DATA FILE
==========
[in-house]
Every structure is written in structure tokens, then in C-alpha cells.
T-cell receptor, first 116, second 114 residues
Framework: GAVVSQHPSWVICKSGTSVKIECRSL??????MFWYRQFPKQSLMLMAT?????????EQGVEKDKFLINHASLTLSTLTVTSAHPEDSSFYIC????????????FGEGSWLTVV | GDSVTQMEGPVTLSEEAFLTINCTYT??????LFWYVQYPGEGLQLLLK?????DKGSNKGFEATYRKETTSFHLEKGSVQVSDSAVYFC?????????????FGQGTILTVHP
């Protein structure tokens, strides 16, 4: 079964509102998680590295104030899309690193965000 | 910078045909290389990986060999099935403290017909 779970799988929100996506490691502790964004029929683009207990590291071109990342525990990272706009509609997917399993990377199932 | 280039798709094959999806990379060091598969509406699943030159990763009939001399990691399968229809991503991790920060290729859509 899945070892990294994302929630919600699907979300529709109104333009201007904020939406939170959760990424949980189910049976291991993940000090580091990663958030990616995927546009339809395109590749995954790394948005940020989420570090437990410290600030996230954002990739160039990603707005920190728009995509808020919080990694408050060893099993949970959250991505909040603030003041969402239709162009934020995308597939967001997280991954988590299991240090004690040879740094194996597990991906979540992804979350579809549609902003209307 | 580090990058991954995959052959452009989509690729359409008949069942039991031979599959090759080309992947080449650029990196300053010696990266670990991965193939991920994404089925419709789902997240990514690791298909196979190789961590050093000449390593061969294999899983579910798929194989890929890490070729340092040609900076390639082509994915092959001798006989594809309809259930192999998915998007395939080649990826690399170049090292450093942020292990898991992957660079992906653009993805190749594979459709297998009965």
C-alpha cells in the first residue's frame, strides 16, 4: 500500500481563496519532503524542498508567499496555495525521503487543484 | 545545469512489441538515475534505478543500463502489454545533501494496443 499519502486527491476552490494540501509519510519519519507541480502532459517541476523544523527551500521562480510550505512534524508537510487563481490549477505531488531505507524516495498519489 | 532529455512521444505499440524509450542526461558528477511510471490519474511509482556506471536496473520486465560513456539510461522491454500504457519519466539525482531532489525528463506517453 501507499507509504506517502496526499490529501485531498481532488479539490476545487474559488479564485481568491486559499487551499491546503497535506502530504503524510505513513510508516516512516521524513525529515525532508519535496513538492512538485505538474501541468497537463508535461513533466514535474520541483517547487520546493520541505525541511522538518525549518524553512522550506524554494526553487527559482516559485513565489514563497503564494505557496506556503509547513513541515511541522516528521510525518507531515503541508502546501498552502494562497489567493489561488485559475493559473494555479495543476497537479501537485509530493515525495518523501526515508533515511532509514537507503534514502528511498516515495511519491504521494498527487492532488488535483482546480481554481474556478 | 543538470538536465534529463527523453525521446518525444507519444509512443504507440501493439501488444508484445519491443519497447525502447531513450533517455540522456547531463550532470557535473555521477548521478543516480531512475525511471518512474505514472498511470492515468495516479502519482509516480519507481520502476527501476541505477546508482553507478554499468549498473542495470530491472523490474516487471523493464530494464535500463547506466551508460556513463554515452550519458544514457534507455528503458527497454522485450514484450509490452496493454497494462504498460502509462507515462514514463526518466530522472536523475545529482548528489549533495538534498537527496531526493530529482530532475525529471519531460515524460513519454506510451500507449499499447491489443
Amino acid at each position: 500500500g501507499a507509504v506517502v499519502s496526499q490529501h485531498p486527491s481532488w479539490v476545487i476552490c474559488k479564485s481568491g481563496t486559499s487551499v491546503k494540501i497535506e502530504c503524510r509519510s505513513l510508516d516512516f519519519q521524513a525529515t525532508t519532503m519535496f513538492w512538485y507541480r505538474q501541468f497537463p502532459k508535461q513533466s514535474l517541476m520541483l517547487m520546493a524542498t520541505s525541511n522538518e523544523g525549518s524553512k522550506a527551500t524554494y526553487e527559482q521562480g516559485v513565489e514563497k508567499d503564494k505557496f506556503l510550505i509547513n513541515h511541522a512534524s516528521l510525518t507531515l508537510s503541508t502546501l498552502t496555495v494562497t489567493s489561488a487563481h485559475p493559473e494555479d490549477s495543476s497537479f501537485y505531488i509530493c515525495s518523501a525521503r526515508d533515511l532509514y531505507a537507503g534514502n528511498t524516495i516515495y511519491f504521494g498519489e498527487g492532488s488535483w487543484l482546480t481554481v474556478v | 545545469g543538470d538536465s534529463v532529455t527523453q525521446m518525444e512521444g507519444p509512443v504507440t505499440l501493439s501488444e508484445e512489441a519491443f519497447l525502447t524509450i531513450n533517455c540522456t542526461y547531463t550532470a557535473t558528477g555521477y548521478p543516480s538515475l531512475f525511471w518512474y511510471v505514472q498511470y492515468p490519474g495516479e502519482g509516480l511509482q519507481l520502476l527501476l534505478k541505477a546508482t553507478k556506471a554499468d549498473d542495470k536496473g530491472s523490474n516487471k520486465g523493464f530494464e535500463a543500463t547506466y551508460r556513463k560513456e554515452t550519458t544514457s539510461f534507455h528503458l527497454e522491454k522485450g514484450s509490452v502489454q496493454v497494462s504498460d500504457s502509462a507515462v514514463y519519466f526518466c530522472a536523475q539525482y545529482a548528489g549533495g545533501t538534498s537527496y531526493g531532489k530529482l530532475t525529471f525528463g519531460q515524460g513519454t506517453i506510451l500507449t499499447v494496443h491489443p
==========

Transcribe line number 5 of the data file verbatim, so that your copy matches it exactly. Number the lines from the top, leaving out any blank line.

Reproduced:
């Protein structure tokens, strides 16, 4: 079964509102998680590295104030899309690193965000 | 910078045909290389990986060999099935403290017909 779970799988929100996506490691502790964004029929683009207990590291071109990342525990990272706009509609997917399993990377199932 | 280039798709094959999806990379060091598969509406699943030159990763009939001399990691399968229809991503991790920060290729859509 899945070892990294994302929630919600699907979300529709109104333009201007904020939406939170959760990424949980189910049976291991993940000090580091990663958030990616995927546009339809395109590749995954790394948005940020989420570090437990410290600030996230954002990739160039990603707005920190728009995509808020919080990694408050060893099993949970959250991505909040603030003041969402239709162009934020995308597939967001997280991954988590299991240090004690040879740094194996597990991906979540992804979350579809549609902003209307 | 580090990058991954995959052959452009989509690729359409008949069942039991031979599959090759080309992947080449650029990196300053010696990266670990991965193939991920994404089925419709789902997240990514690791298909196979190789961590050093000449390593061969294999899983579910798929194989890929890490070729340092040609900076390639082509994915092959001798006989594809309809259930192999998915998007395939080649990826690399170049090292450093942020292990898991992957660079992906653009993805190749594979459709297998009965």